IMG_20191217_093346.jpg

It was a long slow job…

IMG_20191217_105343.jpg

…as it needed lots of layers to make sure I got the fluffy chenille effect at the end.

IMG_20191217_230556.jpg

Now the fun bit – the cutting. Carefully in the middle. That meant I could get the card shape out but left me with a distinct space where it wouldn’t cover the base fabric.

IMG_20191219_090715.jpg

Vintage trim to the rescue. I’ve had this particular very seventies trim since I was very young, when my mother would allow me a metre of ribbon or trim when she went to the local haberdashers, but not the sweets that like all small children I would have preferred! Anyway, sweets would not have solved my problem here but the trim that I’ve never used before did!

IMG_20191219_091725.jpg

I stitched it down with little gold beads between the ‘flower’ sections and added a hand made gold bow at the bottom.

IMG_20191219_094216.jpg

Very Christmassy and very pleased with it. (Was a nightmare to post though…!)

 

 

 

 

 

Read Full Post »

If you are in or around North Lincolnshire on Friday 1st of November there are still places left on my Spectacular Spellbooks workshops at Normanby Hall Country Park.

DSCN5594

The workshops are suitable for anyone, whether adult or child, who is interested in learning two simple bookmaking techniques. First, you’ll make two origami books, each created from a single piece of paper with four basic folds and a cut. We’ll be making a blank ‘spellbook’ to fill with your own ideas…

DSCN5599

…and also one where you can collect and record fascinating facts and superstitions about some ‘magical’ medieval ingredients which I will have on display.

DSCN5595

You will also be able to make a third slightly bigger blank book…

DSCN5587

…with a cover created from random papers and a twig binding that can be decorated with fancy threads, beads etc.

DSCN5601

Then just add your spells!

DSCN5602

I’m providing the materials to make all three books which you take away with you at the end of the session.

IMG_20190903_134605

Please note that Park entry also applies, or please display your annual membership.

Places may be booked here. I am really excited about this workshop and looking forward to the ‘awe and wonder’ moment when with one last fold, the origami book suddenly appears in your hands. Never gets old, that one. :o)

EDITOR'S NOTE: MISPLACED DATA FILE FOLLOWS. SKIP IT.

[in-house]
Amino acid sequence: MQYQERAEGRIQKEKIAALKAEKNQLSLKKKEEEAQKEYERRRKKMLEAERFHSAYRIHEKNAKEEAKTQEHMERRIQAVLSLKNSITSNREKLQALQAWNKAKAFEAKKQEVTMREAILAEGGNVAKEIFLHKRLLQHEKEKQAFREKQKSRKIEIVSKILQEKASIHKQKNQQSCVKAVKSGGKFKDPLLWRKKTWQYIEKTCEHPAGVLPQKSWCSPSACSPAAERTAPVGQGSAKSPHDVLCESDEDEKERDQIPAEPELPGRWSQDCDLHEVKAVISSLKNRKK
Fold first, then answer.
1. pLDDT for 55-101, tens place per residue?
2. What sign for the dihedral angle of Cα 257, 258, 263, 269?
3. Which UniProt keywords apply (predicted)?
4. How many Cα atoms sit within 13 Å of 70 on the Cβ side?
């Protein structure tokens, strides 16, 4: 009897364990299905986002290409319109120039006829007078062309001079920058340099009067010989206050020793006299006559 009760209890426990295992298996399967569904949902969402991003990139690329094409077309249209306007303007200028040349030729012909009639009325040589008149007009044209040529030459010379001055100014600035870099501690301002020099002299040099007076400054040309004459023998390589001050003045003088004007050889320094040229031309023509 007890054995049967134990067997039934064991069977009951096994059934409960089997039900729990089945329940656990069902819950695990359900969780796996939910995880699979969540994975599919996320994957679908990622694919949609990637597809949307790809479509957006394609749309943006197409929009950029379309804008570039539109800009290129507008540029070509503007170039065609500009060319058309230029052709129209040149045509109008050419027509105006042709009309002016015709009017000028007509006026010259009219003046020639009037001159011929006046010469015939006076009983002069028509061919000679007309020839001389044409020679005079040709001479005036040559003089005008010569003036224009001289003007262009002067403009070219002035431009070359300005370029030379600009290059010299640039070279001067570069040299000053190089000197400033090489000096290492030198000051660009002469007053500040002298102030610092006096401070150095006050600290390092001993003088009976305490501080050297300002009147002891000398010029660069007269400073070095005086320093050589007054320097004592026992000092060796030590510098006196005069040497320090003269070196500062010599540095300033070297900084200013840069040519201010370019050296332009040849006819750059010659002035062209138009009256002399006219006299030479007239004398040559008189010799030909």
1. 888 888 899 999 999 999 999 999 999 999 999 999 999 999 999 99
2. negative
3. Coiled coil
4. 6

Read Full Post »

I’ve been asked to run some hour long spellbook making workshops at Normanby Hall Country Park  for Hallowe’en and have had loads of fun designing and making some printable origami books and a blank book with a twig binding. Both types of book are simple enough to be made by even quite small children, but I think the results are good enough to appeal to adults too, so I’ve made it age 6+ to adult. The workshop details can be found here if you’re interested.

DSCN5594.JPG

I’ve been making origami books with children for years now and I reckon I can fold and cut one in about ten seconds flat! It’s a real ‘awe and wonder’ moment when you fold the cut sides over and a real book forms under your hands!

I’ve also discovered that I can use Publisher to design a sheet of A4 which when you fold it, the pages come out the right way. So as part of the workshop the participants will make an origami book to gather information about some plants and stones that were considered to have magical properties in the Middle Ages.

DSCN5596.JPG

DSCN5595.JPG

Then another origami book for their own spell book

DSCN5599.JPG

And a bigger twig book…

DSCN5587.JPG

…with a corkscrew hazel twig that can be decorated for the binding.

DSCN5601.JPG

Which can also be decorated and made into a spell book.

DSCN5602.JPG

Fingers crossed now that people like the look of the books enough to want to make their own..!

Read Full Post »

The stumpwork course I taught at Ashby Link last week went really well, although I do need to be more realistic about the amount of work that the participants can reasonably do in the time allowed – I planned enough for at least two full days!

After learning some raised embroidery stitches and techniques in the morning, I created a little ball topiary design for them to work in the afternoon based on three of them: padded satin stitch, a french knot slip and raised stem band.

The french knots for the leafy part of the topiary were worked separately on a piece of calico in six strands of stranded cotton, partly so it worked up more quickly and partly to get a lovely textured effect. Great place to use up all those odd ends of stranded cotton!

IMG_20190630_213812.jpg

I used a circle of pelmet vilene to pad it out a little and then drew the calico up round the vilene…

IMG_20190630_215040.jpg

…before stitching it in place on my main fabric, which just so happens to be a piece of one of the shirts I chopped up for the cuff books workshop last week.

IMG_20190630_233828.jpg

Then the pot. Satin stitch over a base shape in pelmet vilene.

IMG_20190701_100146cropped.jpg

The raised stem band rim is worked separately, and just sits on top of the pot. Guideline shape for the padding.

IMG_20190701_100431.jpg

Long stitch padding with the vertical bars.

IMG_20190701_101903.jpg

And the stem stitch over the top. Very pleased with the effect!

IMG_20190701_103639.jpg

Just the stem/trunk to add.

IMG_20190701_103659.jpg